3. Welcome to Nico Rosberg’s day. He knows this view well.

      This implies that Nico is actually good enough to stay in touch with the leader. Something Martin never quite was. ;-)

      1. This implies that Nico is actually good enough to stay in touch with the leader. Something Martin never quite was. ;-)

        Brundle was actually the teammate who was closest in race-pace to Schumacher during Schumis first part of the career (when Schumi was actually working hard and not an aged semi-motivated pensioner having a bit of fun). They ended 38-53 in points that season, and out of those 7 races where both cars finished Brundle was ahead 3 times. He just didn´t get to enjoy the luck of a front-running car, but I heavily doubt he was worse than Rosberg.

        1. @crammond, @kingshark. Always worth mentioning with Brundle that his crash in Dallas 1984 was huge for his career. He entered F1 with a bang and was second the race before his accident in Detroit. Missing the rest of the season cemented his place with lowly Tyrell and I think his ankle break definitely slowed him considerably, not dissimilar to Herbert’s rise to F1. Other emerging talent of the day was Senna, Bellof and Berger. From there on it was tough to find top drives. Think of the list of great drivers in the late 1980s and its not far from the talent we have today where great drivers like Grosjean, Bottas, Hulkenburg and Perez don’t get a look in. The rest of his career he drove mid-grid cars and was always reliable.

          With Brundle its easy to look at his career and skew the numbers to make him look thoroughly ordinary or potentially phenomenal. I think, for instance, Senna was further up the road in F3 than points suggested and that Michael Schumacher would have obliterated him at his prime. But, without his accident, I think that the careers of Mansell and Brundle could have been interchangeable on raw talent.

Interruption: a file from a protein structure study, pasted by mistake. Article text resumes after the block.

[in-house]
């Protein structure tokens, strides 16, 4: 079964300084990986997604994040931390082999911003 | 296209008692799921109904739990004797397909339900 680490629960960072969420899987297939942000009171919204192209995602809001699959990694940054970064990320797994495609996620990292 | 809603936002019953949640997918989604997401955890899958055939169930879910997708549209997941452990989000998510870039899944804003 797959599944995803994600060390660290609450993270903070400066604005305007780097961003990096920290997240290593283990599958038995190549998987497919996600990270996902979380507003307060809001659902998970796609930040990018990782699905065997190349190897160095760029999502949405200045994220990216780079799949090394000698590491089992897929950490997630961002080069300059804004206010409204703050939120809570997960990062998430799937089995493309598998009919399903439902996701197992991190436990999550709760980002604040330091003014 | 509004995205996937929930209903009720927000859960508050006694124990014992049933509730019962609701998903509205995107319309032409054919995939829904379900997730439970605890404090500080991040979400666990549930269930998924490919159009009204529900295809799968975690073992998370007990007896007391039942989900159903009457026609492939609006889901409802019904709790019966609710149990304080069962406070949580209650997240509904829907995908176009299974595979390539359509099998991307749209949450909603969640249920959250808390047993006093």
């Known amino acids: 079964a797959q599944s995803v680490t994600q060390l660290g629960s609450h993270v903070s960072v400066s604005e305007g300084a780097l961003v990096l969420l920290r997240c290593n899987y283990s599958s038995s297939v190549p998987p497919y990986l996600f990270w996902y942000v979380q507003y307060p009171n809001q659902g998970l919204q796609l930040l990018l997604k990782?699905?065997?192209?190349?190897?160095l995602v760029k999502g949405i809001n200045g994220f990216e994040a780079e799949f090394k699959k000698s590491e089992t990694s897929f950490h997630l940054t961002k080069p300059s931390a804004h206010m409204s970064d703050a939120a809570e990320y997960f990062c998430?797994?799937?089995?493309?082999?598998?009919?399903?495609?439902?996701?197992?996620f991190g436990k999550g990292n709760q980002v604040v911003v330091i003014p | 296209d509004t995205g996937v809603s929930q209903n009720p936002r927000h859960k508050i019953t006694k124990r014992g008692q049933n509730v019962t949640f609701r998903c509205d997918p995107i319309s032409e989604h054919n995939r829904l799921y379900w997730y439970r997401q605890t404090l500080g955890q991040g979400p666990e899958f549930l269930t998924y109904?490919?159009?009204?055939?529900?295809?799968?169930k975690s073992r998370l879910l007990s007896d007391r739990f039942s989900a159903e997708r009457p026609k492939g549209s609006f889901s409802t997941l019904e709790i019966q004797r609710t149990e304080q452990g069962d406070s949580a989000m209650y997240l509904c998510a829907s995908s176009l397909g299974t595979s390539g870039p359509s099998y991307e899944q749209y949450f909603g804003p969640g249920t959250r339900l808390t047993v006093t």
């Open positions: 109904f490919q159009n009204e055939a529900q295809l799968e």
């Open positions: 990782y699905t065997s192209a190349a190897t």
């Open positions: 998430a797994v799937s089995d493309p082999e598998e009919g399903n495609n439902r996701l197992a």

2. @crammond I remember Flavio once saying that he regretted dropping Brundle at the end of 1992 because he felt the Schumacher/Brundle partnership would have been stronger & that he felt if they had Brundle in 1994 they could have won the constructors championship as well as the drivers.

          I think kinda like Nico Hulkenberg nowadays, Brundle was one of the drivers who everyone thought very highly of but who was ultimately always overlooked.

          1. Who knows what went on in Briatore’s mind. Brundle was waiting around for the McLaren drive all winter in 93/94, so he was available then. Seem to remember it was Michele Alboreto who had a pre-season test with Benetton.

            I hope Hulkenberg doesn’t go and have his greatest achievements away from F1 like Brundle did. Neither quite seized the sniff of a victory they had (Brazil 2012, Canada or Spa in 1992); they had impressive races but never in top cars; and both have a remarkable command of the English language (I’m always amazed how quickly Hulkenberg speaks; his English is better than Hamilton’s!)